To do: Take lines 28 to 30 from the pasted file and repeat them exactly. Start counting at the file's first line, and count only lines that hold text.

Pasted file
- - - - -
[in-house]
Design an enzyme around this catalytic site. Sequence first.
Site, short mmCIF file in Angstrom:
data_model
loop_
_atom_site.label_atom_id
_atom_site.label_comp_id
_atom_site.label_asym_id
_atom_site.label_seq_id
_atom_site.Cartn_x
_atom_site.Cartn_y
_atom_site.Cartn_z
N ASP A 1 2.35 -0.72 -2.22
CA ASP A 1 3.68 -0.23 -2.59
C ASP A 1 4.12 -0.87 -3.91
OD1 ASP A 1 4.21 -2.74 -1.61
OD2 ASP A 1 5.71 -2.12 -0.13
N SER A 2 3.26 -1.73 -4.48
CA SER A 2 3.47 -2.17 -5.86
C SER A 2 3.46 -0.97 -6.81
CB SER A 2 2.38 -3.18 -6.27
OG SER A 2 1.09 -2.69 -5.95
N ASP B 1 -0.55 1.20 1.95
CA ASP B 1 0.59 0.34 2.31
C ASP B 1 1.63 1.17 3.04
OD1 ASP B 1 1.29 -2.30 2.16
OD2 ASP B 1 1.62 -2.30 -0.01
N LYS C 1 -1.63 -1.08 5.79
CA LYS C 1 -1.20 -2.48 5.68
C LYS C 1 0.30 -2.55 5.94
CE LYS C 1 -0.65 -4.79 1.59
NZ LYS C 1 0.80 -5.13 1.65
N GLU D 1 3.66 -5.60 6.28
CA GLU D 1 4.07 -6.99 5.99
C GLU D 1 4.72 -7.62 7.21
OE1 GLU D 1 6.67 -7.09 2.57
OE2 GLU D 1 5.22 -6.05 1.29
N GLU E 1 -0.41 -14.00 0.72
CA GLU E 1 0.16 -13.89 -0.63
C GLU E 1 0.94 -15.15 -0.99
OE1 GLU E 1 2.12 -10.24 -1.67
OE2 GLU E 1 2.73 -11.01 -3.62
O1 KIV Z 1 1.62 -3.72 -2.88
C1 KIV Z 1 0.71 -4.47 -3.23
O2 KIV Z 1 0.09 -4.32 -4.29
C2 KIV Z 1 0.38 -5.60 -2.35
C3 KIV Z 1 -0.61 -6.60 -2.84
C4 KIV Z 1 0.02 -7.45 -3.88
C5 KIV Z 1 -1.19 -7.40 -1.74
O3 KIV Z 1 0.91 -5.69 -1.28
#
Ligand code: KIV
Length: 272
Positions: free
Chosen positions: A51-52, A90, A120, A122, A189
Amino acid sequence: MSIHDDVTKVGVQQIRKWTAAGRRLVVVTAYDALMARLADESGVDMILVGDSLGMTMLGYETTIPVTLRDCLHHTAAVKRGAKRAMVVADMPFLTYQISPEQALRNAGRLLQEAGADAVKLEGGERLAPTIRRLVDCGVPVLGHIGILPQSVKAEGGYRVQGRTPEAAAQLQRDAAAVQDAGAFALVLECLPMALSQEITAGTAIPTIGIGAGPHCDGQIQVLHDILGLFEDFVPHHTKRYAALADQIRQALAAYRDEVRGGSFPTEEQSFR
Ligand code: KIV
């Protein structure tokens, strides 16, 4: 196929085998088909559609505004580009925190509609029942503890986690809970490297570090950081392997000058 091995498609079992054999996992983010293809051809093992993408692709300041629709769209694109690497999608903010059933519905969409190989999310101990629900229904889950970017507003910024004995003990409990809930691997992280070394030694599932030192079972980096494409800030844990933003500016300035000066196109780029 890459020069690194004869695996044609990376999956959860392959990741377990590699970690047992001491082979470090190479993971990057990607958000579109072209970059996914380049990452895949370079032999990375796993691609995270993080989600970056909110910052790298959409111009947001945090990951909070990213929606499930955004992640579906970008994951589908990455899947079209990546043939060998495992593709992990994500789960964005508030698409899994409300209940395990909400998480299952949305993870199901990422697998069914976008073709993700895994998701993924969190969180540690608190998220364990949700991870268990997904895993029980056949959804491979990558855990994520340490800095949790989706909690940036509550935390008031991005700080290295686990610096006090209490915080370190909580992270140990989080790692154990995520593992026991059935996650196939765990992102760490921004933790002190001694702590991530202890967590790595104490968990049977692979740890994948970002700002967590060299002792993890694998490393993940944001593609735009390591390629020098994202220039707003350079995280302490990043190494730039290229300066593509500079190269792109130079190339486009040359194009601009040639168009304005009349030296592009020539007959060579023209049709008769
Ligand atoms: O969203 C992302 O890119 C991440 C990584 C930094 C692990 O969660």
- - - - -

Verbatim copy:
N LYS C 1 -1.63 -1.08 5.79
CA LYS C 1 -1.20 -2.48 5.68
C LYS C 1 0.30 -2.55 5.94